Issue 34:3 | September 2014 | Bio Art
Bio Art
Issue 34:3 | September 2014
Issue 30:4 | December 2010 | Stirring II
Stirring II
Issue 30:4 | December 2010
Issue 24:1 | March 2004 | Adelaide and Beyond
Adelaide and Beyond
Issue 24:1 | March 2004
Issue 22:1 | March 2002 | The Improved Body
The Improved Body
Issue 22:1 | March 2002


Notes to Bennett
Gordon Bennett 1955–2014
Out of darkness
Mazie Turner 1954–2014
Australian Art: A History
By Sasha Grishin
Miegunyah Press, 2014
570 pp.
Edge of Elsewhere
Campbelltown Arts Centre 15 January - 13 March 2011
Interpreting Portraits
Macquarie 1810 - 2010 Hawkesbury Regional Gallery 10 December - 6 February 2011
Designing with the Neighbours in Mind: Unlimited Asia Pacific
'Unlimited Asia Pacific' is a platform for the Queensland state government to join Victoria as a leading force in Australia’s emergent design economy. It coincides with the birth of the Australian Design Alliance as a lobbying group to promote design as a capacity across government.
Patronage of the Passionate
Stephanie Britton was very impressed by her visit to the country's only art gallery devoted to contemporary art made by Chinese artists - White Rabbit Gallery and its third six monthly hang titled 'The Big Bang'.
Resistance to Change: Art in the university environment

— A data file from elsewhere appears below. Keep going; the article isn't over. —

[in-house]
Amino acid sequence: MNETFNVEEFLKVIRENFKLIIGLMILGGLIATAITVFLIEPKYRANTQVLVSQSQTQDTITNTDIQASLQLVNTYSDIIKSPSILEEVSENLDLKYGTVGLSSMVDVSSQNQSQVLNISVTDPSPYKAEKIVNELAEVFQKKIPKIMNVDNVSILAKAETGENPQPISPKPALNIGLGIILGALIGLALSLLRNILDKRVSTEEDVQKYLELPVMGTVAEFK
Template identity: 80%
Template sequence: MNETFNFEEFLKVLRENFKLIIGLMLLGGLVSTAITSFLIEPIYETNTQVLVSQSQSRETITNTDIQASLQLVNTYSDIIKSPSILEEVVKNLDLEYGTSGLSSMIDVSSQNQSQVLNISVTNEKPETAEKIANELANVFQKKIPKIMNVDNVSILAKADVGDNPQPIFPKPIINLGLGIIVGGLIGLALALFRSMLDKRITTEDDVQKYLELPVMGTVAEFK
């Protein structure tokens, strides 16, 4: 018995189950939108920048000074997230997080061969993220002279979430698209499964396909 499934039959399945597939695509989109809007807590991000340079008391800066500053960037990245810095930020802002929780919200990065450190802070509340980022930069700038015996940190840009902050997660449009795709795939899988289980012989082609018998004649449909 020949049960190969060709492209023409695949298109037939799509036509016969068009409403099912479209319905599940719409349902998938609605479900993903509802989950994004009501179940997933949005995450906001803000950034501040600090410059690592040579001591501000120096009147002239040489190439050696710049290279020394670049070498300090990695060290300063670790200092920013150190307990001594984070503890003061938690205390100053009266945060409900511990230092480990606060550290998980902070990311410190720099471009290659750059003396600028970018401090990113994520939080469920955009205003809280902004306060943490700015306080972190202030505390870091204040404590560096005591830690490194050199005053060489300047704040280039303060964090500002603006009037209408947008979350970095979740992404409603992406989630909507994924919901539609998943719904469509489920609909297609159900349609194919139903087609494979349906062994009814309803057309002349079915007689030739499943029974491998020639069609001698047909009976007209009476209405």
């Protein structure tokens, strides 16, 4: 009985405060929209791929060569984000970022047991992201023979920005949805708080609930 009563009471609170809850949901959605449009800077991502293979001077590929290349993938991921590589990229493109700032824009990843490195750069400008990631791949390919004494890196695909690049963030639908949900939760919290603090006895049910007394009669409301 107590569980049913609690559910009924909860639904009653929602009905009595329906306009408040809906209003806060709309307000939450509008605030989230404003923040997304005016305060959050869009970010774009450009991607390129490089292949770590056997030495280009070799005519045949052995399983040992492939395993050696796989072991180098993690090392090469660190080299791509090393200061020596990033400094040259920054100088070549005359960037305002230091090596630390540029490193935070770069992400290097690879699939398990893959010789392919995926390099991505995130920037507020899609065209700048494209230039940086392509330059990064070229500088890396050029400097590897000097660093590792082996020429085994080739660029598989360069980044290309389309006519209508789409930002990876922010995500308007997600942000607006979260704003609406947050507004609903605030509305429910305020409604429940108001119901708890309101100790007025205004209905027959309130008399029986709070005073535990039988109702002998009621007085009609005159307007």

Novelist and former Director of Research and Postgraduate Studies in the College of Arts at the University of Western Sydney Jane Goodall responds to the new collection of essays edited by Brad Buckley and John Conomos called 'Rethinking the Contemporary Art School'. Goodall analyses the complexity and often dire times engendered by the incorporation of art schools into universities. However she is optimistic and suggests a first step to be a well-designed retreat system.
Art and Sport
Artist and art critic Peter Hill reflects on the boredom factor of sport and how the Basil Sellers Prize has got it right.
Art as a Catalyst of Change: Sydney's HotHouse International Symposium
Chief Curator at the National Institute for Experimental Arts (NIEA) at the College of Fine Arts, Uni of NSW, Felicity Fenner discusses the HotHouse Symposium the launch event of a longer-term research project called 'Curating Cities' being conducted by NIEA in association with Object: Australian Centre for Craft and Design and the City of Sydney. Other research partners include the Melbourne-based group, Carbon Arts, which facilitates opportunities for artists to generate awareness and action on climate change. The central premise of the project is that we can no longer simply curate art, but need to think more holistically, instead curating space in ways that are environmentally sustainable.
Shen Shaomin's Bonsai
University of Chicago Professor Wu Hung analyses Sydney and Beijing-based Shen Shaomin's Bonsai series as seen at the MCA for the 2010 Biennale of Sydney as "uncovering secrets".
Confluent Forms: Ariel Hassan recent work